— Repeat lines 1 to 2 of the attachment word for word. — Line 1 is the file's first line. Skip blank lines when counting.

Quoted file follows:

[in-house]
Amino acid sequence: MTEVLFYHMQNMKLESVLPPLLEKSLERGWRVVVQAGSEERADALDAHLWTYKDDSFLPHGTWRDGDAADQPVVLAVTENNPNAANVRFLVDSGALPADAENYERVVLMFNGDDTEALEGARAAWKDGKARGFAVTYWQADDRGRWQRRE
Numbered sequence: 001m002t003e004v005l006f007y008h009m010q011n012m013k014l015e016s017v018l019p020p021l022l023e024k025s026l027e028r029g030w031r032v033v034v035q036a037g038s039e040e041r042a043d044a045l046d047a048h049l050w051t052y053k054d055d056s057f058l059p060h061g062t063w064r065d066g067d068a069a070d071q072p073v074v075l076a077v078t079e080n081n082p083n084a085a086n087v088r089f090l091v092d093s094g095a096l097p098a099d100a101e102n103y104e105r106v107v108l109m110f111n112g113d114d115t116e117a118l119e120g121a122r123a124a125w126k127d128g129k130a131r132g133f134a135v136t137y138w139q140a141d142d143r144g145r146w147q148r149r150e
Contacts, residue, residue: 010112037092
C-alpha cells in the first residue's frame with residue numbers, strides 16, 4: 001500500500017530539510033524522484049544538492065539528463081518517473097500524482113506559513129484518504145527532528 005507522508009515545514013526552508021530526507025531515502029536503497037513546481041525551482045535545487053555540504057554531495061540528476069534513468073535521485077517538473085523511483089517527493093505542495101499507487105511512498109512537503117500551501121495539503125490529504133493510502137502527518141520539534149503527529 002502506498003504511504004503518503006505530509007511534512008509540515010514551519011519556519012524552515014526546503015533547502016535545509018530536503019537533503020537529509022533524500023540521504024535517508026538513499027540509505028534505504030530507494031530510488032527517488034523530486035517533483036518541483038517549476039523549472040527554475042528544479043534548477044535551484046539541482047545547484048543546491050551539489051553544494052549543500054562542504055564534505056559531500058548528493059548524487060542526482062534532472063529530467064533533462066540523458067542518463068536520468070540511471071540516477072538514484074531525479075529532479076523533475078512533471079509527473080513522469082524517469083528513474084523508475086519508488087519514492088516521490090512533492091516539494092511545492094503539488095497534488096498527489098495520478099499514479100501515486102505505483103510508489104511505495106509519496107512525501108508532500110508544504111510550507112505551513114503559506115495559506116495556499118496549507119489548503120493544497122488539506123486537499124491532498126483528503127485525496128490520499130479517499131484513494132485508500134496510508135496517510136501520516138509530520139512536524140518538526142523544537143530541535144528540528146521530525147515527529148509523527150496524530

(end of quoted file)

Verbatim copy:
[in-house]
Amino acid sequence: MTEVLFYHMQNMKLESVLPPLLEKSLERGWRVVVQAGSEERADALDAHLWTYKDDSFLPHGTWRDGDAADQPVVLAVTENNPNAANVRFLVDSGALPADAENYERVVLMFNGDDTEALEGARAAWKDGKARGFAVTYWQADDRGRWQRRE